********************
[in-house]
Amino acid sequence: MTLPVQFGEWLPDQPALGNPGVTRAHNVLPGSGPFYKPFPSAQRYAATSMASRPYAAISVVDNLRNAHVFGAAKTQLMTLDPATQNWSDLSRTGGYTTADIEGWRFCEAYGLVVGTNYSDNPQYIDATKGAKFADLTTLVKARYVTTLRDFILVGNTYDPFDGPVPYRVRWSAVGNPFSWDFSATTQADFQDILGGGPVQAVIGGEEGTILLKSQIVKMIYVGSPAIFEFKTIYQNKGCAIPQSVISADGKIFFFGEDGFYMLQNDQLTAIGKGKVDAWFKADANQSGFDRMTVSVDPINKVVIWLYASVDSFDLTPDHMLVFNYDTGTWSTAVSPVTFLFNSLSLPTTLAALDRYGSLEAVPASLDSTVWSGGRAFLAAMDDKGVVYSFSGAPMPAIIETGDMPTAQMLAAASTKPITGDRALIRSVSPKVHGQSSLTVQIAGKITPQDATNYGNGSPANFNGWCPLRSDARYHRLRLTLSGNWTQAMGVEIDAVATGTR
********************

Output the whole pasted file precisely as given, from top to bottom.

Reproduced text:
[in-house]
Amino acid sequence: MTLPVQFGEWLPDQPALGNPGVTRAHNVLPGSGPFYKPFPSAQRYAATSMASRPYAAISVVDNLRNAHVFGAAKTQLMTLDPATQNWSDLSRTGGYTTADIEGWRFCEAYGLVVGTNYSDNPQYIDATKGAKFADLTTLVKARYVTTLRDFILVGNTYDPFDGPVPYRVRWSAVGNPFSWDFSATTQADFQDILGGGPVQAVIGGEEGTILLKSQIVKMIYVGSPAIFEFKTIYQNKGCAIPQSVISADGKIFFFGEDGFYMLQNDQLTAIGKGKVDAWFKADANQSGFDRMTVSVDPINKVVIWLYASVDSFDLTPDHMLVFNYDTGTWSTAVSPVTFLFNSLSLPTTLAALDRYGSLEAVPASLDSTVWSGGRAFLAAMDDKGVVYSFSGAPMPAIIETGDMPTAQMLAAASTKPITGDRALIRSVSPKVHGQSSLTVQIAGKITPQDATNYGNGSPANFNGWCPLRSDARYHRLRLTLSGNWTQAMGVEIDAVATGTR